Carlon, McAlpine-Mladenovic, Palm, Mitrione, Kirk & Wong
Publication Date :
30 Jun 2015
In recent years accounting education has seen numerous changes to the way financial accounting is taught. These changes reflect the demands of an ever-changing business world, opportunities created by new technology and instructional technologies, and an increased understanding of how students learn. The foundation of Financial Accounting is based on a number of unique principles and innovations in accounting education.
The objective of Financial Accounting is to provide students with an understanding of those concepts that are fundamental to the preparation and use of accounting information. Most students will forget procedural details within a short period of time. On the other hand, concepts, if well taught, should be remembered for a lifetime. Concepts are especially important in a world where the details are constantly changing.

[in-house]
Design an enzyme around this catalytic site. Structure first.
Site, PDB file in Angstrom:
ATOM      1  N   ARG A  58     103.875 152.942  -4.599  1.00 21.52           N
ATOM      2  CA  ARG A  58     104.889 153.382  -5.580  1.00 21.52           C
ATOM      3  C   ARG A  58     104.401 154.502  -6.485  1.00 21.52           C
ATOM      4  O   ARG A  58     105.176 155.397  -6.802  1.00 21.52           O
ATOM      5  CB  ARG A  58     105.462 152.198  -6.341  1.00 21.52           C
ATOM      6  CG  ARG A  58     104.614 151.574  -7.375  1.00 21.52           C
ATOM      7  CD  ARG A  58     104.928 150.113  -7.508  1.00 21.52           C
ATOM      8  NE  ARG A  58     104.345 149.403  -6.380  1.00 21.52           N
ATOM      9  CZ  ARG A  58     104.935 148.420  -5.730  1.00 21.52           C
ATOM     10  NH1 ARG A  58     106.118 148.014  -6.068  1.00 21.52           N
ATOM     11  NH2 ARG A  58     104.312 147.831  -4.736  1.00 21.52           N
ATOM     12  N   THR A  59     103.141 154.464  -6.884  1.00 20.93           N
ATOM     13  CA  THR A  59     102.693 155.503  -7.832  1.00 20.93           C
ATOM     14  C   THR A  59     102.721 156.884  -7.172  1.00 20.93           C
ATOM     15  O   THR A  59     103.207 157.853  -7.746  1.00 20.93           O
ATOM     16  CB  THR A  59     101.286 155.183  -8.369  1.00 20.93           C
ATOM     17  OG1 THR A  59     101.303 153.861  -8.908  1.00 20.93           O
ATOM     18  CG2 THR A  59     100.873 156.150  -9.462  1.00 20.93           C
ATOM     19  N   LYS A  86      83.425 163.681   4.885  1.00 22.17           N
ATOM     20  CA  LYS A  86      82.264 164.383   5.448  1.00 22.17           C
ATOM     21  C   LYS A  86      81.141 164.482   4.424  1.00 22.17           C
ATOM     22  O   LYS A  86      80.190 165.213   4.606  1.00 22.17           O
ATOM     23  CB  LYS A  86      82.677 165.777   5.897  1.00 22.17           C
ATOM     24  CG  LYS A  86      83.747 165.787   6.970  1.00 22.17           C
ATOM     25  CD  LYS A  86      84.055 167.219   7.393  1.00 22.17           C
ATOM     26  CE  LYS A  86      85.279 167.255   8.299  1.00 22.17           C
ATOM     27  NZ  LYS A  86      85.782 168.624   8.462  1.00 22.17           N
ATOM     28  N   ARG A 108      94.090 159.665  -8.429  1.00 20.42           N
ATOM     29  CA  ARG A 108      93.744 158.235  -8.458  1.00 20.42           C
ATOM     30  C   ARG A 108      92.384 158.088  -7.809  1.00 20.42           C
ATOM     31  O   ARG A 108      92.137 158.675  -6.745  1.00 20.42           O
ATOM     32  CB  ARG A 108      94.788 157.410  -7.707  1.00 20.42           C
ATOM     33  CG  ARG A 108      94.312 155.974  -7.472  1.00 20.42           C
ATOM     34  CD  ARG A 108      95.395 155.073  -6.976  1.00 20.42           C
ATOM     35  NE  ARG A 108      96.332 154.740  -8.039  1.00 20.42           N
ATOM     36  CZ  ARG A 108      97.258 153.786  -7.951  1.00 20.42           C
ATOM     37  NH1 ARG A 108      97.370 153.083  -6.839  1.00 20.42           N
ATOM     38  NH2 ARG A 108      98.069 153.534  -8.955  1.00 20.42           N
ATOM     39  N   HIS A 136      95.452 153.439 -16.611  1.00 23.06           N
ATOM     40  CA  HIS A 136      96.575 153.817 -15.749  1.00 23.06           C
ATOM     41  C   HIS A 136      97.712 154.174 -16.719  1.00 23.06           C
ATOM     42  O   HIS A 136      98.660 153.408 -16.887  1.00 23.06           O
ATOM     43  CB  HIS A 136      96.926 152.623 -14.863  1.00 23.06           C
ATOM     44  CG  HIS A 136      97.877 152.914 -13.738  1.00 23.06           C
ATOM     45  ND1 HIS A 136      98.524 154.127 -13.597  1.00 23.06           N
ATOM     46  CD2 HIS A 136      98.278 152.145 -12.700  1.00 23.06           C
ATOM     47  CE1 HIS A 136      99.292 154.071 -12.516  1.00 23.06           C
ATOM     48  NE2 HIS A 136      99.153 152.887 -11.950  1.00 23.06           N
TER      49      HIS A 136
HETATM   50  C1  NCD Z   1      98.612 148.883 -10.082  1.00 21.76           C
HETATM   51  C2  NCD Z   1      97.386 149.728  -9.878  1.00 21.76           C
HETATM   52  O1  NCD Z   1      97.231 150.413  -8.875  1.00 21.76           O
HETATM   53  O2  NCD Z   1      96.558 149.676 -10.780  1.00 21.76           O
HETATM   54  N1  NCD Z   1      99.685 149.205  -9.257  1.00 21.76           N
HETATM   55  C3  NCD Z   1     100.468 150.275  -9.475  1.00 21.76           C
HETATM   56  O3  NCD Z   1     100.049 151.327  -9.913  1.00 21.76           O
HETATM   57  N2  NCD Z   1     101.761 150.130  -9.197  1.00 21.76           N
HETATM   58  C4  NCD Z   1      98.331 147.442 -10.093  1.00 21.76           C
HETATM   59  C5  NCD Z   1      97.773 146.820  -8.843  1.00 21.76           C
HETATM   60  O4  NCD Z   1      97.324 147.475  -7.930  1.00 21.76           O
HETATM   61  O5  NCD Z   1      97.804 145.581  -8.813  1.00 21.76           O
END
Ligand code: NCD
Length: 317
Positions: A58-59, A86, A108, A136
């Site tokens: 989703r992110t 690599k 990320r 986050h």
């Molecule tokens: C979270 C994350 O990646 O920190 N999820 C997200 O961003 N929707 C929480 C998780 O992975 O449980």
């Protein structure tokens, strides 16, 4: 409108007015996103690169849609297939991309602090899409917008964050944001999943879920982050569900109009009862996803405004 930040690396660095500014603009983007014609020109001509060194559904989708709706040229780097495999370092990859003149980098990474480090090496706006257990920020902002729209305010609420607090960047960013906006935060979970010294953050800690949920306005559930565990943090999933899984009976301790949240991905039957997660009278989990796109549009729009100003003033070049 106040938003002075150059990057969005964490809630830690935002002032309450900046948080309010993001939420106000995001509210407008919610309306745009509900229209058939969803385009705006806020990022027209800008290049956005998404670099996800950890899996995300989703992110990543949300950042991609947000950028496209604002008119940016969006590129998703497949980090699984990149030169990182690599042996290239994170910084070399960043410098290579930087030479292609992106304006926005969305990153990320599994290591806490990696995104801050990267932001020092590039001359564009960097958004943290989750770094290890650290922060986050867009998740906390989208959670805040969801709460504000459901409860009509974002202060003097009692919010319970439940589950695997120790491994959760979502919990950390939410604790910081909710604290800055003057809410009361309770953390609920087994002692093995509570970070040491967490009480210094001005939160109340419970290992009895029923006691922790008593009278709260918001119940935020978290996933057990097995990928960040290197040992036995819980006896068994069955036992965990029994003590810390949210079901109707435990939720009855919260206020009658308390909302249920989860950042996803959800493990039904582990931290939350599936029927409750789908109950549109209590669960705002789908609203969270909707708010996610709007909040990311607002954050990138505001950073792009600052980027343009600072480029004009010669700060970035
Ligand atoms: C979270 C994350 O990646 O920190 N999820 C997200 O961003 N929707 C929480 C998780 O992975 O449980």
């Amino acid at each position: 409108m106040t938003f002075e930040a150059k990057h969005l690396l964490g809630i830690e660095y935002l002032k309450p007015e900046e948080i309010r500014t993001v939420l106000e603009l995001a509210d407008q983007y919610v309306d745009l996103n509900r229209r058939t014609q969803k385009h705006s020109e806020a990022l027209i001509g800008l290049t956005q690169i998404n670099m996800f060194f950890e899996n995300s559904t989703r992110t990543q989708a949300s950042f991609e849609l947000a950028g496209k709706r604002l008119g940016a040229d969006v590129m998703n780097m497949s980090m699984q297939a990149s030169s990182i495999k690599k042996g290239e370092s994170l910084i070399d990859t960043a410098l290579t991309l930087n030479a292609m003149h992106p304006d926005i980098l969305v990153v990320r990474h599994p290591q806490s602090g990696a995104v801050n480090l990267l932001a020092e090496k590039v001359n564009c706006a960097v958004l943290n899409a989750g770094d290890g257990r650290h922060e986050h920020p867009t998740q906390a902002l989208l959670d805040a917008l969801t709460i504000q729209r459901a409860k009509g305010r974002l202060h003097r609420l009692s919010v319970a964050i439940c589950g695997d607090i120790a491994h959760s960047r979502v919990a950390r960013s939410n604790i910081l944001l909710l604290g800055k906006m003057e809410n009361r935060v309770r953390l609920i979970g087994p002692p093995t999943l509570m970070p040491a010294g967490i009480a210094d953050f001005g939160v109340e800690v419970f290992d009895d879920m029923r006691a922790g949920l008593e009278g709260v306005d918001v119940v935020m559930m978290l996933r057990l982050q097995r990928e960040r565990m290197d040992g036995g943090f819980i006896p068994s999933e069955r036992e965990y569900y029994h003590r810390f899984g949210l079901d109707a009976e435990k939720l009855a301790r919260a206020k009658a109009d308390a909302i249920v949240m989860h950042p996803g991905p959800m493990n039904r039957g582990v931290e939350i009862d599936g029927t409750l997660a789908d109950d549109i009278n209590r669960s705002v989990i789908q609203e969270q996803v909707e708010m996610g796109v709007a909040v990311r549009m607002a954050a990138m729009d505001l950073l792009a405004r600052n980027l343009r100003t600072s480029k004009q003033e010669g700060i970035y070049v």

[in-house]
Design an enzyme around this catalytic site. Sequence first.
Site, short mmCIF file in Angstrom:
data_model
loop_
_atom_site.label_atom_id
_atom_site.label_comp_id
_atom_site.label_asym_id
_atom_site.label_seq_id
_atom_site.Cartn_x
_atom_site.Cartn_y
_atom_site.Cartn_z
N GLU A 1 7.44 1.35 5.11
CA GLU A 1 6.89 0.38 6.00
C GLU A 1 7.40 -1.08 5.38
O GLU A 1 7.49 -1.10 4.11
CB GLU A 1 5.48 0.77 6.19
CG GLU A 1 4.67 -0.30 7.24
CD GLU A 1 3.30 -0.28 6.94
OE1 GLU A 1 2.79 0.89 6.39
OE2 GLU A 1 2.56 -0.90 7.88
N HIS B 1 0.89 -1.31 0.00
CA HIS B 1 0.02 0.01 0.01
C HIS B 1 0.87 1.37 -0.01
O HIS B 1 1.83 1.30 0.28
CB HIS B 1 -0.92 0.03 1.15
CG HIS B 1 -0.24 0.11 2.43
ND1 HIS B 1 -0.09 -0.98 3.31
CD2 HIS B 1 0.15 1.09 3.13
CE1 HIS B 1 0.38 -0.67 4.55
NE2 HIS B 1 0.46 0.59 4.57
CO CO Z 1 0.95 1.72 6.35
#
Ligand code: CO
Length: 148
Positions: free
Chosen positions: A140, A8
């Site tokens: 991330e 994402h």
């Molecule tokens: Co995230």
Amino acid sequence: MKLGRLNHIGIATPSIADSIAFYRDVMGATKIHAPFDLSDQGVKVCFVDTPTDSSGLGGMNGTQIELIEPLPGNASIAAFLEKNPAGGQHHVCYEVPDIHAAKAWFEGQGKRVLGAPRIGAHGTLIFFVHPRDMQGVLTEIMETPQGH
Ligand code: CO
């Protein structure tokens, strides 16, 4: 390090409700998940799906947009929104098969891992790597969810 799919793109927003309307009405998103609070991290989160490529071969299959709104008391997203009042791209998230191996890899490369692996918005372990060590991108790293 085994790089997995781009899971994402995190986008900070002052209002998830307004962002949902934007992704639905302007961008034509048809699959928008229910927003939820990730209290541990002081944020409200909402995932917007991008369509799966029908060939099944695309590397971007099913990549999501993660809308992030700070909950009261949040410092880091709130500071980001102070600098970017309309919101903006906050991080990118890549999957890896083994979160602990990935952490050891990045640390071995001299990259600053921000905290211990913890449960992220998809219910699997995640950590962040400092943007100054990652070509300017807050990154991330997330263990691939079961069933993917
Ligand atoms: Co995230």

Students learn best when they are actively engaged. The overriding pedagogical objective of Financial Accounting is to provide students with continual opportunities for active learning. One of the best tools for active learning is strategically placed questions. Discussions are framed by questions, often beginning with rhetorical questions and ending with review questions, and our analytical devices, called decision-making toolkits, use key questions to demonstrate the purpose of each.